Here at Irish Titan, we describe ourselves as being a “full-service agency specializing in ecommerce and strategic digital experiences.”
Because we are focused on providing people with the best digital experience, we have a very holistic approach to all of our projects. When a client signs on to work with us, we don’t just see another website to build or a brand to restructure -- we see an opportunity to create a better, more enriching, and more unique experience for every user in a seemingly oversaturated marketplace.
Sure, we get excited about design and we love watching our developers make something from nothing in a matter of minutes (it amazes us every time), but our focus has always been, and will always be “Business First. Online Second.”TM. And when we get past the coat of paint and the newfangled menu bar our UX team has come up with, what really matters is the content your business is putting into the world to captivate, and eventually convert, your audience.
One of the many services we provide to our clients, if they should need it, is strategic content writing. Because, quite honestly, what good is a shiny new, user friendly and optimized website if the content that fills it is not just as strategic? And to ensure a consistently strategic approach, we’ve defined our 6 steps to tackle content:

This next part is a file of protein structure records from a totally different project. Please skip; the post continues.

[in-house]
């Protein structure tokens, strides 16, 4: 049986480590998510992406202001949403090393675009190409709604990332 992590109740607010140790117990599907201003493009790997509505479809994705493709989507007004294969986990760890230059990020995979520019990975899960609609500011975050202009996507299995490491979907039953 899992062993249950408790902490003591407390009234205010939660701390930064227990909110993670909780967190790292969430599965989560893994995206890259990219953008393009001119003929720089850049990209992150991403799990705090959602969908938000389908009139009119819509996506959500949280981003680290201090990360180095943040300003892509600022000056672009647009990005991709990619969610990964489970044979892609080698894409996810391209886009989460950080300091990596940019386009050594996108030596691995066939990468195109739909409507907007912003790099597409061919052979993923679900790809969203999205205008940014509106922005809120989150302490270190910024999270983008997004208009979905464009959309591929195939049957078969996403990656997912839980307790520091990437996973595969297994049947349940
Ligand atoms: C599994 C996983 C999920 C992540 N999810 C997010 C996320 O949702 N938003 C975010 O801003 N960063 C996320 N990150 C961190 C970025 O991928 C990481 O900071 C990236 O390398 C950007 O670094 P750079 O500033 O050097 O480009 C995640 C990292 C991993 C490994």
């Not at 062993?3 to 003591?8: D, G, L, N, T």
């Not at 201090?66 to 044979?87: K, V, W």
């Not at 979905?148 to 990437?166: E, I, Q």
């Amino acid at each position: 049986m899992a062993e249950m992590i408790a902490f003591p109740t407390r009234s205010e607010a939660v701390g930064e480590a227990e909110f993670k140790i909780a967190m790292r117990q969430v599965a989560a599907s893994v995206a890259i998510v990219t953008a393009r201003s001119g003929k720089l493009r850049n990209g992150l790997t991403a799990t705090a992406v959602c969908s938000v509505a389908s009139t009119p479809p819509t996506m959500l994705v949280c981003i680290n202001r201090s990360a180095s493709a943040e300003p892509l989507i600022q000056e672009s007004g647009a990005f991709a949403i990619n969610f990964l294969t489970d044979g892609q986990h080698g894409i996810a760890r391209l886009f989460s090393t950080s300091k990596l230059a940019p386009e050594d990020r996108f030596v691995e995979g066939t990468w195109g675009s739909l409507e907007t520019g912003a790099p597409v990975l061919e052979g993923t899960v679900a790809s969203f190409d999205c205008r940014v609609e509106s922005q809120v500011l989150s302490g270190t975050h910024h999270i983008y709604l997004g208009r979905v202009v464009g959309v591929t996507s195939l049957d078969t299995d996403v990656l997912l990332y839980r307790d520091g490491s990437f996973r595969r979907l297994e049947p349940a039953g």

1. Know Your Why
2. Know Your Audience
3. Content Mapping
5. Draft, Review, Rinse, Repeat
In this blog, we will focus on our best practices and steps for writing strategic, brand-centered content for your website to help your company put its best digital foot forward.
STEP ONE: Know Your “Why”
You have probably seen this in almost every one of our “best practice” type blog posts. The reason we repeat this so often is because we truly believe it should be the forefront of everything your company does. WHY are you wanting to reach your audience? WHY should a client come to you instead of another company? WHY are you the experts at what you do? WHY do you need to update your content? Understanding the WHY of your business, or your unique value proposition, can help you understand the “why” of what you are trying to communicate to your clientele.
STEP TWO: Know Your Audience
Part of our Discovery Workshop focuses solely on their audience. Who is your average user? What’s their purpose for coming to your website? What do they need to hear? What makes them feel cared for? What will have them running for the hills?
We always say this is the “fluffy” part of marketing, but the reality is that connections make conversions. “Connecting” through nothing more than words and images on a screen is one of the most difficult aspects of communicating in a digital age, so let’s not make it harder on ourselves by not understanding WHO we are trying to reach.